for England, big guns to shell Paris, bombs from the air for New York.
It's part of their campaign to spread frightfulness, to terrorize the
world. Undoubtedly that is the reason Berlin sent Frederic Hoff over
here, to superintend the destruction of the metropolis. There have been
whispers for months and months that the city some day was to be bombed,
but we never were able to discover their origin."

"And not a single anti-aircraft gun or anything in the whole city to
stop them, is there?" cried Jane. "Wouldn't it be terrible?"

Fleck smiled grimly.

"Any foolhardy German who tries to bomb New York from the air has a big
surprise coming to him--a lot of big surprises. The war department may
not have been doing much advertising, but it has not been idle."

"Then we have some anti-aircraft guns!" cried Jane delightedly. "I never
heard anything about them."

"That would be telling government secrets," said Fleck, smiling
mysteriously, "but I'd just like to see them try it. I have sort of a
notion to let them start their bombing."

"Oh, no, we mustn't," Jane insisted. "We mustn't let those aeroplanes
ever start. Can't we do something right away to cripple them?"

"There's plenty of time," the chief assured her. "It is best for us to
wait until after dark. The early morning would be ideal time for an
aerial attack on the city, when everybody is helpless and asleep.
There's generally a fog over the river and harbor, too, before sunrise
at this season of the year, and that might help them to mask their
movements. It would take an aeroplane less than an hour to reach the
city from here, so that there is no likelihood of their starting until
long after midnight. That gives us plenty of time, and besides we must
wait until the Hoffs arrive."

"That will make two more--sixteen of them against our nine," warned

"We cannot help it how many of them there are," said Fleck. "It is of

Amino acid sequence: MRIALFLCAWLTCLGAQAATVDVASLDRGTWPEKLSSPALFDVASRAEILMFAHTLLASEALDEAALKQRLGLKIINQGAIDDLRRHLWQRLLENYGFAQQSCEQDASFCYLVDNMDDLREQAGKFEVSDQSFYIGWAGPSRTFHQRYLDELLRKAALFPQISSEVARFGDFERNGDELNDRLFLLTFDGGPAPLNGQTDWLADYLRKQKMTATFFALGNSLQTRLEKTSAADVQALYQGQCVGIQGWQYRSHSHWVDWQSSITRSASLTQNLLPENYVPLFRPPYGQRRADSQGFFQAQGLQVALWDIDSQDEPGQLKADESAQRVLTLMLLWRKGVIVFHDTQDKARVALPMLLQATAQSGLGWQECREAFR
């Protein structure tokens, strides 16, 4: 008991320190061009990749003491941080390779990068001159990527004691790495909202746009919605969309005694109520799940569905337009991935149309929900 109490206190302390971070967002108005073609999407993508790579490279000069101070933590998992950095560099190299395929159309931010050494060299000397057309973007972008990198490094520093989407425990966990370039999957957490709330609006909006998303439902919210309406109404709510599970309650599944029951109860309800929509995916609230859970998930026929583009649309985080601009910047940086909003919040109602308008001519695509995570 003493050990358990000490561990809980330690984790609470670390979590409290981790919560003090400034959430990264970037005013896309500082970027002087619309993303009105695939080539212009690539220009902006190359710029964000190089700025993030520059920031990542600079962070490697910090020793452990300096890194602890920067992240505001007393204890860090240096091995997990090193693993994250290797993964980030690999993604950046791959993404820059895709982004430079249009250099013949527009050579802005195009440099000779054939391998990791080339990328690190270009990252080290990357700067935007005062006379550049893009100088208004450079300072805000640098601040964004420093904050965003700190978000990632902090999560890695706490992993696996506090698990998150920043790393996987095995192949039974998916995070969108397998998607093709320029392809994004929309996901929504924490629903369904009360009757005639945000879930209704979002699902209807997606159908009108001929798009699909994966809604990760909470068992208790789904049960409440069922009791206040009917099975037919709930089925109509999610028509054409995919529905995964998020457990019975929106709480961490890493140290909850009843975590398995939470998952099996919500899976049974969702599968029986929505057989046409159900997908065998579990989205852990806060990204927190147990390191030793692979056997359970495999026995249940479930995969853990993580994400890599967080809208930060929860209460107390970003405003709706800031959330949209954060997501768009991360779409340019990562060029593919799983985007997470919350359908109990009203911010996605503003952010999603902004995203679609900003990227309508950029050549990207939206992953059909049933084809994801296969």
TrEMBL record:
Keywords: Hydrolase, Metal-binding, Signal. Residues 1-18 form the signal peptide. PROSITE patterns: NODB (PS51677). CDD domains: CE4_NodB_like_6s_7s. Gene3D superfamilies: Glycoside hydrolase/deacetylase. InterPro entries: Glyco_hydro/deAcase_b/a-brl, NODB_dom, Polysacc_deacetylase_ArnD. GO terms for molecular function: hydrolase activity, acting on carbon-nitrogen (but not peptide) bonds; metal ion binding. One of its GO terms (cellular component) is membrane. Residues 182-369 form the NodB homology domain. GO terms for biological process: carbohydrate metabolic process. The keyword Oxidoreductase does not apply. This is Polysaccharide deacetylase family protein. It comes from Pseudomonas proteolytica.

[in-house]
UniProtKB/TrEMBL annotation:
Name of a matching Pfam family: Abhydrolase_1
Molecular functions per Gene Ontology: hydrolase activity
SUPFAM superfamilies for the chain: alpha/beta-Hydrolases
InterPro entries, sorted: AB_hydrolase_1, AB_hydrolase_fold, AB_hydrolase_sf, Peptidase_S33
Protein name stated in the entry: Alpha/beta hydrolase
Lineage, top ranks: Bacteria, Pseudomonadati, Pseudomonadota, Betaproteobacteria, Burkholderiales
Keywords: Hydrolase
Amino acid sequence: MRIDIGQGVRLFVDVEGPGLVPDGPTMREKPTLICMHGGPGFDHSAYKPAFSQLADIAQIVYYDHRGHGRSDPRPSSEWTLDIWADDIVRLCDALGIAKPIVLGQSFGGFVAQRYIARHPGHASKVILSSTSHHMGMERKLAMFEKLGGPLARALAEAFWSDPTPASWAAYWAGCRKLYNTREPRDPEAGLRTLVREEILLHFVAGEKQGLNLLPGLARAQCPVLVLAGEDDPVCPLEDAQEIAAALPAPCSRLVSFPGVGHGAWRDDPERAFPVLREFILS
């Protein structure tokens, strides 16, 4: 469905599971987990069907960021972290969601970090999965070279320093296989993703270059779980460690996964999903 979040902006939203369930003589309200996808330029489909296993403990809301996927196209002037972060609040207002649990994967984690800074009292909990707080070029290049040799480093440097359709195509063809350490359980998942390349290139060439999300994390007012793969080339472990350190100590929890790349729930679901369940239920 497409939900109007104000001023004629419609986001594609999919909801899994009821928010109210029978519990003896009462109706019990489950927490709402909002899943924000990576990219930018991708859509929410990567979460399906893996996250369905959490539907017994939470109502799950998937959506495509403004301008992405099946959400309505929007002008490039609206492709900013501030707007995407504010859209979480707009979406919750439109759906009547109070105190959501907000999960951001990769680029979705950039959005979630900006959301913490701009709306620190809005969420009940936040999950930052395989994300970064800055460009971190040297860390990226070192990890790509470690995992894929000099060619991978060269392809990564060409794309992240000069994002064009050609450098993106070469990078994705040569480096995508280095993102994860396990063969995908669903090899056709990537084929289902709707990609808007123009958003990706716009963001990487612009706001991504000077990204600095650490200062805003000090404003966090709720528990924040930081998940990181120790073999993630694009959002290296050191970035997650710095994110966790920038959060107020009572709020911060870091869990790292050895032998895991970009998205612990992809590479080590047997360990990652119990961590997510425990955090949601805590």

vital importance for us to know just what their plans are. It is
unlikely that they will post guards to-night in this secluded spot,
where they have been at work in safety for months. As soon as it is
dark we can smash the aeroplanes."

"That will be easy," said Carter. "I know something about aeroplanes.
Cut a couple of wires, and they are out of business. Sills, one of my
men, is posted on bombs, and he'll know just how to fix the fuses to
render them useless."

"What's more," said Fleck, "if I understand German thoroughness, they
will go over their final plans in detail to make sure that everything is
understood. The darkness will let us slip up closer to the house, and we
may be able to overhear what they say. Don't forget, too, that our main
job is to catch the Hoffs red-handed."

"That's right," said Dean. "They are the brains of the plot. These other
fellows are just workmen taking orders."

"I'm puzzled," said Fleck, "to know what they plan to do with the
aeroplanes after the bombing has taken place. There is not one chance in
a thousand of their being able to return here in safety without
discovery. It will be sure death for the aviators that take up those

"Sure death!"

With a shudder Jane recalled what Frederic had said to her only a few
hours ago as they parted--that he was going away and might never return.